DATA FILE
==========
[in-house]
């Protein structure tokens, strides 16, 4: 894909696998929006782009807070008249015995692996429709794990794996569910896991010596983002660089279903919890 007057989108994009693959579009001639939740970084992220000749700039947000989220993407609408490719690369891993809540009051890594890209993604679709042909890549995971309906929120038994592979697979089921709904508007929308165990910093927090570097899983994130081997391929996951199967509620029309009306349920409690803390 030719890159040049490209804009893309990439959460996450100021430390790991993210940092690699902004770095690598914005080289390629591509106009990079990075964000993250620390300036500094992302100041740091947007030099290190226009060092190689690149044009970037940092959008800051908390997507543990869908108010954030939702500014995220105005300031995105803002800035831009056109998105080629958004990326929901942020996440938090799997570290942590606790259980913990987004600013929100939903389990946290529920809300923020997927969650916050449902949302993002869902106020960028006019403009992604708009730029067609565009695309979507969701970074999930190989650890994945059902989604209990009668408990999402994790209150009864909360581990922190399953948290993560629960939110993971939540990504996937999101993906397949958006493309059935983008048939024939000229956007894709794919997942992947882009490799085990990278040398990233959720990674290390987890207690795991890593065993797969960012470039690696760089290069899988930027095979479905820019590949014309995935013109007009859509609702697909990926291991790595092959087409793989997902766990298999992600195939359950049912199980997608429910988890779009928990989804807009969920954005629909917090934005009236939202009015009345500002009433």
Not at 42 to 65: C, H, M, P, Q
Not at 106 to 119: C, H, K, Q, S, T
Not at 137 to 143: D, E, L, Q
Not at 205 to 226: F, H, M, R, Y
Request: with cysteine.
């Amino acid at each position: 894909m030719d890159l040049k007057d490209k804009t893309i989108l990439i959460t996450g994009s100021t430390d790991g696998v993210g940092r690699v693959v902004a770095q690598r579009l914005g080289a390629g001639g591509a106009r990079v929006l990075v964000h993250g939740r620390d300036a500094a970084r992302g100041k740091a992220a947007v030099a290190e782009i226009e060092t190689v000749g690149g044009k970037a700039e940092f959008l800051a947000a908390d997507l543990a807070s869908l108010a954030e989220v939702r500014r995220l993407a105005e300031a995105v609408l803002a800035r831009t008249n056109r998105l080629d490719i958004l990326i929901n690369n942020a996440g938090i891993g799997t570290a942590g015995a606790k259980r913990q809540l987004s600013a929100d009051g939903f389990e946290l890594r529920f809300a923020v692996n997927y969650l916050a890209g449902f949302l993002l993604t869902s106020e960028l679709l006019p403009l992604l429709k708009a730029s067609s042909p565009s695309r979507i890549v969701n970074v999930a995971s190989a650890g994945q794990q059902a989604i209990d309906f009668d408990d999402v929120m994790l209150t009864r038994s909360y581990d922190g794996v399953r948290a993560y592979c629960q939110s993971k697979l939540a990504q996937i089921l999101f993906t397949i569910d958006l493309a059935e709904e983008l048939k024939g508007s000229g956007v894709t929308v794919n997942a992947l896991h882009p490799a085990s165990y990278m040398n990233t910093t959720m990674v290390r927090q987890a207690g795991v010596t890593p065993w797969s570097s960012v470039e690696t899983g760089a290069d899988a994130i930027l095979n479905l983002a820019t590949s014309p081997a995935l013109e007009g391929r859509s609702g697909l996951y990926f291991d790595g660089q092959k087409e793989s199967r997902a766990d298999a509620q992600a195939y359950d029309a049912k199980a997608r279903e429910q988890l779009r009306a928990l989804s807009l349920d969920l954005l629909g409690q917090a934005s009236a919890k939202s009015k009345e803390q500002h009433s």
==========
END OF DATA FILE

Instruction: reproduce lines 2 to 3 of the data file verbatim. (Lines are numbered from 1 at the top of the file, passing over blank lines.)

């Protein structure tokens, strides 16, 4: 894909696998929006782009807070008249015995692996429709794990794996569910896991010596983002660089279903919890 007057989108994009693959579009001639939740970084992220000749700039947000989220993407609408490719690369891993809540009051890594890209993604679709042909890549995971309906929120038994592979697979089921709904508007929308165990910093927090570097899983994130081997391929996951199967509620029309009306349920409690803390 030719890159040049490209804009893309990439959460996450100021430390790991993210940092690699902004770095690598914005080289390629591509106009990079990075964000993250620390300036500094992302100041740091947007030099290190226009060092190689690149044009970037940092959008800051908390997507543990869908108010954030939702500014995220105005300031995105803002800035831009056109998105080629958004990326929901942020996440938090799997570290942590606790259980913990987004600013929100939903389990946290529920809300923020997927969650916050449902949302993002869902106020960028006019403009992604708009730029067609565009695309979507969701970074999930190989650890994945059902989604209990009668408990999402994790209150009864909360581990922190399953948290993560629960939110993971939540990504996937999101993906397949958006493309059935983008048939024939000229956007894709794919997942992947882009490799085990990278040398990233959720990674290390987890207690795991890593065993797969960012470039690696760089290069899988930027095979479905820019590949014309995935013109007009859509609702697909990926291991790595092959087409793989997902766990298999992600195939359950049912199980997608429910988890779009928990989804807009969920954005629909917090934005009236939202009015009345500002009433």
Not at 42 to 65: C, H, M, P, Q